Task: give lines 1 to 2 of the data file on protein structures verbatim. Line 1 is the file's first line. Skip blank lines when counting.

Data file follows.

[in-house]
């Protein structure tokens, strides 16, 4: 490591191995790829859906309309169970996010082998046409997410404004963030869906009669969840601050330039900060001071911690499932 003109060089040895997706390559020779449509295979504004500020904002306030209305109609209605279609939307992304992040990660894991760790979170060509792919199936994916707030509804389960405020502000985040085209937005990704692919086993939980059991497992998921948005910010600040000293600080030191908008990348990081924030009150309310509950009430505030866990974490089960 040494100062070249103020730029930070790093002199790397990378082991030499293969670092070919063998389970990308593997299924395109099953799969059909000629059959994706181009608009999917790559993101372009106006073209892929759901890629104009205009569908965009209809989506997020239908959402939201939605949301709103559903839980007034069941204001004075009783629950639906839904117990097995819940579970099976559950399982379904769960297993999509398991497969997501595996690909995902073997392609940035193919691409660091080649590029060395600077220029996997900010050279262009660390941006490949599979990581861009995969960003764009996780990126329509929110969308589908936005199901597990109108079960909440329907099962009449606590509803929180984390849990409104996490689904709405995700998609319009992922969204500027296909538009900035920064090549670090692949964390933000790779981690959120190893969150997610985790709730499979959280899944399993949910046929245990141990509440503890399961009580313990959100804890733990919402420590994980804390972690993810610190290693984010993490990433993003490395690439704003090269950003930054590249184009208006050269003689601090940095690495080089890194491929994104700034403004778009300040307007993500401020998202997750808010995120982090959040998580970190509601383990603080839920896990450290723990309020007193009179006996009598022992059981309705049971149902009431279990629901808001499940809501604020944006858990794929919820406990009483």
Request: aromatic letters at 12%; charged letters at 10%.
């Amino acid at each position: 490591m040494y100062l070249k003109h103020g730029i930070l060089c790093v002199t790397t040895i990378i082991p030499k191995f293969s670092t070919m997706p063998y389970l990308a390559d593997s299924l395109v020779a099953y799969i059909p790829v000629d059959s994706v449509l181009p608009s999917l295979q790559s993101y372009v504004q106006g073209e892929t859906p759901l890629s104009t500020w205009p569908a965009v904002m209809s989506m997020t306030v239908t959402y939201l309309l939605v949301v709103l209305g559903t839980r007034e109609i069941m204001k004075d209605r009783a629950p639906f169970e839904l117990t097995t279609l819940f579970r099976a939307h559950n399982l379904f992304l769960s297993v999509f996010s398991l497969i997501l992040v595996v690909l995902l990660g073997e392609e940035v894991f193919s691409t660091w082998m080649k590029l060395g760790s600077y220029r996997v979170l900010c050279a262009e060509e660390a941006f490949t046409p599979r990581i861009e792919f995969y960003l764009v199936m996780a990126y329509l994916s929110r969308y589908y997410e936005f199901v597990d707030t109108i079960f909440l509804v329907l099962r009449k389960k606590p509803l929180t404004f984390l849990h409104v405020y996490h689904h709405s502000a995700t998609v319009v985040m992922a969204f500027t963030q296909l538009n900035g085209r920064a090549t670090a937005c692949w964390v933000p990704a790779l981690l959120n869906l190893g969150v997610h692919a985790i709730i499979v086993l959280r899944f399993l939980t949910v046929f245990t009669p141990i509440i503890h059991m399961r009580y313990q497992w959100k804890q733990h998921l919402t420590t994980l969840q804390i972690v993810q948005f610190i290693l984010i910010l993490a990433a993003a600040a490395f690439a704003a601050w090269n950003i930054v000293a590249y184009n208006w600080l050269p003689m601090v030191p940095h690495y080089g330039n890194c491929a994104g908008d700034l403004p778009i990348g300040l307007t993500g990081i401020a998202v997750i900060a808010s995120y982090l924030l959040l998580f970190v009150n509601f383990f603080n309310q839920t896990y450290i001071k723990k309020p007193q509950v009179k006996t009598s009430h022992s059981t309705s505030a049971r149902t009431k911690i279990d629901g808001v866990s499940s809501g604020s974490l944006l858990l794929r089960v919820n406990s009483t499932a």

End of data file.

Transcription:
[in-house]
């Protein structure tokens, strides 16, 4: 490591191995790829859906309309169970996010082998046409997410404004963030869906009669969840601050330039900060001071911690499932 003109060089040895997706390559020779449509295979504004500020904002306030209305109609209605279609939307992304992040990660894991760790979170060509792919199936994916707030509804389960405020502000985040085209937005990704692919086993939980059991497992998921948005910010600040000293600080030191908008990348990081924030009150309310509950009430505030866990974490089960 040494100062070249103020730029930070790093002199790397990378082991030499293969670092070919063998389970990308593997299924395109099953799969059909000629059959994706181009608009999917790559993101372009106006073209892929759901890629104009205009569908965009209809989506997020239908959402939201939605949301709103559903839980007034069941204001004075009783629950639906839904117990097995819940579970099976559950399982379904769960297993999509398991497969997501595996690909995902073997392609940035193919691409660091080649590029060395600077220029996997900010050279262009660390941006490949599979990581861009995969960003764009996780990126329509929110969308589908936005199901597990109108079960909440329907099962009449606590509803929180984390849990409104996490689904709405995700998609319009992922969204500027296909538009900035920064090549670090692949964390933000790779981690959120190893969150997610985790709730499979959280899944399993949910046929245990141990509440503890399961009580313990959100804890733990919402420590994980804390972690993810610190290693984010993490990433993003490395690439704003090269950003930054590249184009208006050269003689601090940095690495080089890194491929994104700034403004778009300040307007993500401020998202997750808010995120982090959040998580970190509601383990603080839920896990450290723990309020007193009179006996009598022992059981309705049971149902009431279990629901808001499940809501604020944006858990794929919820406990009483």